Didn’t know Hamazura had it in him.

I’m such an idiot that while Last Order was babbling to Uiharu about the “lost child,” it didn’t occur to me that she was referring to Accelerator (says Peter, knocking himself on the head). But I’m also glad, because it made the episode’s grand climax much more powerful. Indeed, as fun as the confusing storylines can be, the show’s great power comes when it boils down to two familiar characters duking it out. We start with Hamazura, trying to protect Takitsubo from first Kakine (or Dark Matter) and then Mukino. This hapless, failed villain from Index II takes a lesson from Touma’s old speech and shows some gumption and care for another’s life. The confrontation with Mukino was effective; he stopped running and charged headlong at Mukino, and he deserved the victory.

index36-2But it’s almost forgotten when we switch to Kakine trying to find Last Order to draw out Accelerator, which indeed happens. Now it’s a battle between Accelerator’s vectors and Kakine’s dark matter, with lectures on the true nature of villainy laced through it. Accelerator has been going on about how no one is the villain he is, but I wrote it off as a comment on style. After all, he does his best not to hurt any of the people in the vicinity of this Level 5 on 5 battle. But when Kakine injures Aiho, who had almost forced Accelerator to calm down, Accelerator goes beserk and becomes an actual “villain,” that is to say, insane. Then comes Last Order’s great appearance. After some fruitless raging, Accelerator again becomes a villain in style, not of substance. Oh, there is some stuff in the end about Alesteir’s “Underline,” a nano-communication system in Academy City’s very air, but that’s while the credits roll. Good enough, I think everyone could use a rest now.


Spyce 2 (and done), Conception 2, Akanesasu and Slime 3-6

How’s training going, Momo?

After two episodes I’m still not sold on Release the Spyce. The second has the inevitable training of Momo by Yuki, the taciturn one with the scar on her eye. It goes exactly as predicted. Momo can barely keep up with the regimen, the running and chatting up of people, but gets better and manages to pass the final test, a game of tag with Mei, where she suddenly demonstrates great leaping and acrobatic abilities that she couldn’t possibly have picked up in a couple months, and thanks to some prep work, manages to win by maneuvering Mei into a dead-end. Meanwhile, the bad guys drive around (all they do in this episode is drive around) and act evil, and apparently there’s a traitor among the Tsukikage. That’s intriguing I suppose, but I wonder if it’s not a double-agent kind of thing. Anyway, villains aside, I could sort of predict everything that’s going to happen this episode, and it dragged, too. Though the Tsukikage underground headquarters is kind of cool. Don’t feel like watching episode 3 at the moment …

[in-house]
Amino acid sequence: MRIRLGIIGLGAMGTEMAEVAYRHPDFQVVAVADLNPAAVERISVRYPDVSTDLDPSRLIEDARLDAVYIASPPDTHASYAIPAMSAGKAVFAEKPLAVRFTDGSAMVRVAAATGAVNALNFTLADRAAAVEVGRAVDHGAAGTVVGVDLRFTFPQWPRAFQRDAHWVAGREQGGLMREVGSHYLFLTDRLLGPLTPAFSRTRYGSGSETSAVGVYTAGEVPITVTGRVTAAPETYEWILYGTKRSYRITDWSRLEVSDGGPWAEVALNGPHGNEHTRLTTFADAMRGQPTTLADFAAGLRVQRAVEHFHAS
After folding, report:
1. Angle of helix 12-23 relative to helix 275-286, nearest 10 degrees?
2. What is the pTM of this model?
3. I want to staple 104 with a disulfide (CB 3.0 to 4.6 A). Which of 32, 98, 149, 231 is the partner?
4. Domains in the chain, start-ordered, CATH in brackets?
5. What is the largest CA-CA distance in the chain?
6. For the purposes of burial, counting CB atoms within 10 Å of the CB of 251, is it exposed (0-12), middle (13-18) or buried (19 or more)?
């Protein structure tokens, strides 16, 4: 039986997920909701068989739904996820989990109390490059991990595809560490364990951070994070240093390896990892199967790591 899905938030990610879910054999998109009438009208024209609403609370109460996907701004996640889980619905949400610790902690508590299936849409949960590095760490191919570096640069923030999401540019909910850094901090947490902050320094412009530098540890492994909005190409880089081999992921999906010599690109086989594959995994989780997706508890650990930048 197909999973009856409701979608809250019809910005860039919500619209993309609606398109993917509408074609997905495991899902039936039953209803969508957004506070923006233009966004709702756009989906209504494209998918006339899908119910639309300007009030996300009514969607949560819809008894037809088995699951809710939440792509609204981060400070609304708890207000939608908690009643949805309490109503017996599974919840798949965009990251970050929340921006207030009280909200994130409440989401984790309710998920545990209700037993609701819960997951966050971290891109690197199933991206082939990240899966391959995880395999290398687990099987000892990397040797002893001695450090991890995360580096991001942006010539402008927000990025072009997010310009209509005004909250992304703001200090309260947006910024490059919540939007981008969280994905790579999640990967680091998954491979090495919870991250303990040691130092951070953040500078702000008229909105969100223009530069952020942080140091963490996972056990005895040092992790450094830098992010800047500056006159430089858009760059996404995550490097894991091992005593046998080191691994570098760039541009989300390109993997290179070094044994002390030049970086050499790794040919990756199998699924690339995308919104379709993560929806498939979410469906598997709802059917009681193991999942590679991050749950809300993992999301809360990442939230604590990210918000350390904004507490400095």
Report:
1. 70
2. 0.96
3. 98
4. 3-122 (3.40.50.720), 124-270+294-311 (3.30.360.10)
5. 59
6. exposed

So instead, for some reason, I watched Conception 2, where things did not quite go like I expected. First, it turns out that conceiving Star Children doesn’t involve actual sex …

conception2-1The main girl this week is Ruka (Aries), who isn’t very warlike at all; instead, she’s a stock tsundere. But she’s a tsundere who knows what’s going on, so when he comes on to her she’s fine with it, to save the world, you know. Meanwhile the show plays with the idea of teaching Itsuki techniques to woo women, and promptly forgets about it. So now we have two star children, neither of whom are really capable of fighting anything, as their visit to the labyrinth and Itsuki gets routed and the star children turned into pods … So maybe he’s going to get serious about this and really get the girls excited to produce really strong star children? I figure one girl per episode, so this puts them behind schedule. A more interesting plot point is Mahiru’s forgotten promise and her obvious, drunken jealousy. I wonder if the show will play that up too, or whether she’ll just get shoved aside when it’s convenient for Itsuki, like the show has already done to her.

akanesasu4-1So on to Akanesasu Shoujo, where the girls get a new frequency, not sure how, and find themselves in the wild west, er, with a few cars, cell phones, and broadcasts of gun-duels, which is the standard way of settling disputes here. And so we have our story. It’s an unjust system where the person who’s the better shot will win any legal dispute. Mia, the key tries to find justice in this world as a deputy sheriff, while Asuka is a bounty hunter and Chloe and Nana are the criminals. No subtlety this time–the girls repeatedly run into each other, and soon our Chloe and Mia are captured and the criminal ones are planning another robbery with our Asuka and Yuu, in order to make money for kids left bereft when their parents die from duels. And we have a good idea who the Clutter is, too, and by dealing with her, they can change this world for the better. So we’ll have Mio fight her, become stronger, and I’m sure the others will find themselves in the dueling arena before the end, for kicks.

akanesasu5-1Yep, a duel to conclude the arc, well the start of a duel, then a duel between clutters and two heroes of justice. It would have been quicker if Nana hadn’t had her walkman taken away when she, and everyone else except Mia got arrested. Since they laid out the moral dilemma last week there wasn’t much to do this time except let the plot work itself out. The only surprise was the sheriff being a second clutter. Well, there was also Sexy Yuu putting the moves on Asuka, and Asuka not minding too much. The only real character development came from Mia’s decision to be a hero rather than just stand back and be cute like everyone wants her to do, but that was the point of the arc and we saw that coming a mile away. So that’s Nana and Mia taken care of. Who’s next? They’re probably saving Akusa for last, since she’s the center of the currently-dormant big story arc. They might delay Yuu, too, because of that Sexy Yuu interfering with things. That leaves Chloe, so expect a Chloe arc starting next time.